The solar industry has grown by leaps and bounds over the past ten years. Here at Borrego Solar, we have nine company leaders who have been with us for at least 10 years—our Ten Year Club. They’ve built their careers around growing Borrego and the solar industry at large. Needless to say, they are a wealth of knowledge and we wanted to tap into that by asking them three questions about developments in the industry, challenges to continued growth and what improvements they’re currently focused on making.
Borrego’s Solar Veterans Club:
Aaron Hall, President, 15 years
Mike Hall, CEO, 14 years
Brendan Neagle, COO, 10 years
Chris Anderson, SVP, 14 years
Ryan Burrowbridge, VP of Engineering, 13 years
Brian Von Moos, VP of Utility Project Development, 12 years
Emily Tam, Director of IT and Infrastructure, 10 years
Bradley Hibberd, Director of Solar Technology, 13 years
Loren O’Hara, Field Operations Manager-Northern California, 13 years
Below are responses from a handful of club members. We hope you find their insight helpful and their careers inspiring. We certainly do.
What is one of the most important developments in the past 10 years that has helped to accelerate the adoption of solar?
The gist? Improving internal processes and virtual net metering.
Ryan Burrowbridge: Value Stream Mapping has been one of the most important tools for me in the past few years. Being able to view and discuss the strategic level direction of projects with the leadership and teams on the frontline has proved invaluable for us to get to the real problems we need to solve.
Aaron Hall: Virtual net metering in Massachusetts and New York has really allowed the industry to efficiently deploy solar by enabling us to optimize independently for off-takers (buyer of solar energy) and host customers (owners of land physically hosting the solar plants). Separately, the growth in financing sources, which provides customers with the ability to buy solar energy without any up-front investment, has been pivotal to opening up the addressable market and allowing more people to participate in solar.
Brendan Neagle: The real ability to increase adoption is that we’ve been able to scale. We’ve learned a lot, improved efficiency, and continued to reduce costs with each project. The amount of qualified contractors and advanced products has also contributed to being able to scale. The improvements don’t typically happen in big shifts either, they’re incremental. Bit by bit.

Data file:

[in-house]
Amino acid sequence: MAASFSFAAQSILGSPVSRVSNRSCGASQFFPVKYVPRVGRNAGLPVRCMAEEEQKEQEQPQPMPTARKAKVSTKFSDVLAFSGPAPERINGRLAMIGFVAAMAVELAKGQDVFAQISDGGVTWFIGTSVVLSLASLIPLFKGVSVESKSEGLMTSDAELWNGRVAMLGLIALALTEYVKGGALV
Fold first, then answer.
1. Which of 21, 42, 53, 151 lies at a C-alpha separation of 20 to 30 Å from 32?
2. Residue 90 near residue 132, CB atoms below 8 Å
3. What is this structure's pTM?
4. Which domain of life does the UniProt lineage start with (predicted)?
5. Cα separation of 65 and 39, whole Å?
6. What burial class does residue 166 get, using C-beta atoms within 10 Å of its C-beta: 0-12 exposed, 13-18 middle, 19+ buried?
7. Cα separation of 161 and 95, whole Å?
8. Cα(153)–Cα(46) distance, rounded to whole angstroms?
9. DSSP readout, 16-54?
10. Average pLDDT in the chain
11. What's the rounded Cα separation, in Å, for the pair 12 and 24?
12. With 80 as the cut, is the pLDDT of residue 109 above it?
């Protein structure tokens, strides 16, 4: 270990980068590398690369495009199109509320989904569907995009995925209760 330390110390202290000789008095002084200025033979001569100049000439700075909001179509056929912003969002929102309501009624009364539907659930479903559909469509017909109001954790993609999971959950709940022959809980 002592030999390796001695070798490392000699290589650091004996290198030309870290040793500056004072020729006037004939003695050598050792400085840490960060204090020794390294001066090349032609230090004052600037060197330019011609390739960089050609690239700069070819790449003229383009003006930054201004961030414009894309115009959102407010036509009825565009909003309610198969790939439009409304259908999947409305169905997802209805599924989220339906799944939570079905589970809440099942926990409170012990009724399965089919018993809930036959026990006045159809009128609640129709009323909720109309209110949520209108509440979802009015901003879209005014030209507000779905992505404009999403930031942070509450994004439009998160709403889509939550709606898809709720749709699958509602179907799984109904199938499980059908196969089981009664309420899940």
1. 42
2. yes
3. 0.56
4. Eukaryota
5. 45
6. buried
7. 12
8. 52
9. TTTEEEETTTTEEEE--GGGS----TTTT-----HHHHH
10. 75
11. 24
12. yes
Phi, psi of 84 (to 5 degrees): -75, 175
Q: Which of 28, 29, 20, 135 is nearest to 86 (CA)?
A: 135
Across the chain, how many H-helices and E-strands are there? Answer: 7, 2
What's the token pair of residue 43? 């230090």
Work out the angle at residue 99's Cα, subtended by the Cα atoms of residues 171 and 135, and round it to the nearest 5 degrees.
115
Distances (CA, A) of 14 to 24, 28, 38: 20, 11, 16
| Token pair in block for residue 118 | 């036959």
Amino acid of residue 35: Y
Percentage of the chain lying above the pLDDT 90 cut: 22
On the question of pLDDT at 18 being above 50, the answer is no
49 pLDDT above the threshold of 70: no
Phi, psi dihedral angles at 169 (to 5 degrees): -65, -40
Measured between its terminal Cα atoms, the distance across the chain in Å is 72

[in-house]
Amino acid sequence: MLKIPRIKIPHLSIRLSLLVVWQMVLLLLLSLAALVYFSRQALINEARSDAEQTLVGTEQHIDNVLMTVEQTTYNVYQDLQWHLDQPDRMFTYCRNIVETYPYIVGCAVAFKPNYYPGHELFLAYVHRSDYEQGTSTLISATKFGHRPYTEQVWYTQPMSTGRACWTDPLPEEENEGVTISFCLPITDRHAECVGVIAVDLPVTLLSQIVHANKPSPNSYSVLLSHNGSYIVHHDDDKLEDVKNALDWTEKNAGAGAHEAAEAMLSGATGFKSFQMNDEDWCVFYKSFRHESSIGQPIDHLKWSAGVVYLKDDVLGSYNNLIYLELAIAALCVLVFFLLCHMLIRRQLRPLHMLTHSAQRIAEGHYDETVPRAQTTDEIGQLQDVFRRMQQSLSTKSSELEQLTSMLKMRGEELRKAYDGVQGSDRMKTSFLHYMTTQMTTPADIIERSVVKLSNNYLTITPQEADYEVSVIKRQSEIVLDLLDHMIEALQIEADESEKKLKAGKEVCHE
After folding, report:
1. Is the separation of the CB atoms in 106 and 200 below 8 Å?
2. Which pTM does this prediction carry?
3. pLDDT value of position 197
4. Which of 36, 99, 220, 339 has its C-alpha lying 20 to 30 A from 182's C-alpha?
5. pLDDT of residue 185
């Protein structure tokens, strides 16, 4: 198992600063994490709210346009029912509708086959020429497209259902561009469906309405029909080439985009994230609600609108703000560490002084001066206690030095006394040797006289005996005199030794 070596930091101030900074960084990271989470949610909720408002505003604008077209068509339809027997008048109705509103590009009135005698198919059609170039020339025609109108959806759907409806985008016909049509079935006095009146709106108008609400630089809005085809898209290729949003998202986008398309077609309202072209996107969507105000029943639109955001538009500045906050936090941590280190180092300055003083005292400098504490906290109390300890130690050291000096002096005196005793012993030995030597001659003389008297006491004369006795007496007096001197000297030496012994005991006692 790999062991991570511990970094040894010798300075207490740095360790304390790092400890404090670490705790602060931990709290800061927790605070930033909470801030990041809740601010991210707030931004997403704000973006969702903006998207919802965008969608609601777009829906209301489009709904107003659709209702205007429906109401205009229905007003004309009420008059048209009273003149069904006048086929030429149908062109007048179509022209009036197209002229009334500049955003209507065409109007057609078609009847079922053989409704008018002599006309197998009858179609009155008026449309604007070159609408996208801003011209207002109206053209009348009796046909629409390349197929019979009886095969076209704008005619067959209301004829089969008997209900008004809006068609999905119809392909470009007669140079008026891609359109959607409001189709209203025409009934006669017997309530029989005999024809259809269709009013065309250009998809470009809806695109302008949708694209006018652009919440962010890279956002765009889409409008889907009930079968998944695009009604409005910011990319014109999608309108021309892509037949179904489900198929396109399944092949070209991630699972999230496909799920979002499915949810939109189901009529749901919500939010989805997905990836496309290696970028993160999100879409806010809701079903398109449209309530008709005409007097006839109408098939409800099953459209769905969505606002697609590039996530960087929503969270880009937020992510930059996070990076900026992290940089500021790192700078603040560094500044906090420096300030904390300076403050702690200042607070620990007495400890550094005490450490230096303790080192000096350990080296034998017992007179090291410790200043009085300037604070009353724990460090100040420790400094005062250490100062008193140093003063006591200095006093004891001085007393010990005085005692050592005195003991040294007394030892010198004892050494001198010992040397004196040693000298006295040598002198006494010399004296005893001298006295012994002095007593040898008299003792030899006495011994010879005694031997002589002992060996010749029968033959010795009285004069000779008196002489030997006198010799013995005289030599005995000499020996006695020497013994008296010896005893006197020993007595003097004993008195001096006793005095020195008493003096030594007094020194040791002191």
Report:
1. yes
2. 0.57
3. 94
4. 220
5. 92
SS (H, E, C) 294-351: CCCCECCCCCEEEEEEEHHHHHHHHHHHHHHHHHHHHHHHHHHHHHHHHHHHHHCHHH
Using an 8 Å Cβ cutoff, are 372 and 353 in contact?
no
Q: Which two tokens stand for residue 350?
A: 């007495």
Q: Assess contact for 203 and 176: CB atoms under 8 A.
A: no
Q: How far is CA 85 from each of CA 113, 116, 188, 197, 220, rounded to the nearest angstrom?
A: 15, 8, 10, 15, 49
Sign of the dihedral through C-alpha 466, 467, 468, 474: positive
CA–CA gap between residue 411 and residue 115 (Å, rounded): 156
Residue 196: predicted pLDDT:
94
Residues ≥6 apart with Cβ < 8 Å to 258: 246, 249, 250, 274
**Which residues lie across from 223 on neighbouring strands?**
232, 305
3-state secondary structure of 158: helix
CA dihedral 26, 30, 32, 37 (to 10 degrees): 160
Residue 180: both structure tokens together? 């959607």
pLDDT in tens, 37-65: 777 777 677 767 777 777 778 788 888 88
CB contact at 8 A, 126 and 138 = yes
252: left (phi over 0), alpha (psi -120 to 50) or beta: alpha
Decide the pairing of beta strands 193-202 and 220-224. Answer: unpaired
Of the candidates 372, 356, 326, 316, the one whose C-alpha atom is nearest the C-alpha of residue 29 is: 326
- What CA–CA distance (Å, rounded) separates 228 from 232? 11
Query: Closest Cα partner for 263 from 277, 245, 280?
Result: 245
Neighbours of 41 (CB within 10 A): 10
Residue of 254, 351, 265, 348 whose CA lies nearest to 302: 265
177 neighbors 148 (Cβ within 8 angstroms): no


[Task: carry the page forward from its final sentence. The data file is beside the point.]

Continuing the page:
Chris Anderson: Design standardization. One of the most important process improvements we’ve implemented is our robust design standards to improve efficiencies and quality. By outlining Borrego Solar’s design standards, used in conjunction with our preferred design applications, our engineers can more quickly develop designs, change initial sets and review various iterations, while controlling and maintaining our high standard for quality. The two external tools that have been key in this improvement in design are HelioScope, which we use to get generic production model and design, and Helios 3D, which we use with CAD to get a prelim design set. We’ve also set up standards specifically around using these tools.
Standardizing our designs and the tools we use has also been beneficial for our outside partners. When it comes to our investment community, they know how we arrive to our modeled production and designs. The transparent and consistent process gives them confidence in their projected returns. In addition, when we need to use third party engineering partners we can control for quality in designs and ensure that there isn’t a disparity to the designs our in-house engineers produce. This allows us to scale when demand swells.
Mike Hall: The decrease in the price of solar equipment and installation has been the biggest driver by far. When I started in this industry even commercial scale solar projects sold for $8.00/Watt. The state had to provide cash subsidies of $4.50/Watt to make projects pencil. Today we can install large scale projects at close to $2.00/Watt with no state subsidies. It’s really amazing how far we’ve come.
What do you think is the biggest challenge to sustained solar growth in the near term?
The consensus? Net metering rulings and working with utilities.
Ryan: The biggest challenge I see is navigating the regulatory environment in each market separately while trying to scale the business responsibly. With so many moving parts across the country, we are constantly trying to stay ahead of the changing policy and the project level risk associated with that uncertainty.
Aaron: Net metering tariffs from the utilities. While we are hopeful that competitive sources of electricity will ultimately be responsible for their associated external costs through public policy, i.e. carbon tax, it is important that the value of solar energy isn’t also reduced through tariffs that perhaps undervalue electricity provided by solar plants. For example, a utility can attempt to make it so that all energy produced in the middle of the day generates a credit at a very low value and energy consumed at night is very expensive and not allow any exception for solar. The good news is that, ultimately, storage can allow solar producers to control for when they are exporting power and the worse a utility tariff gets in this respect, the more people will move to solutions like storage.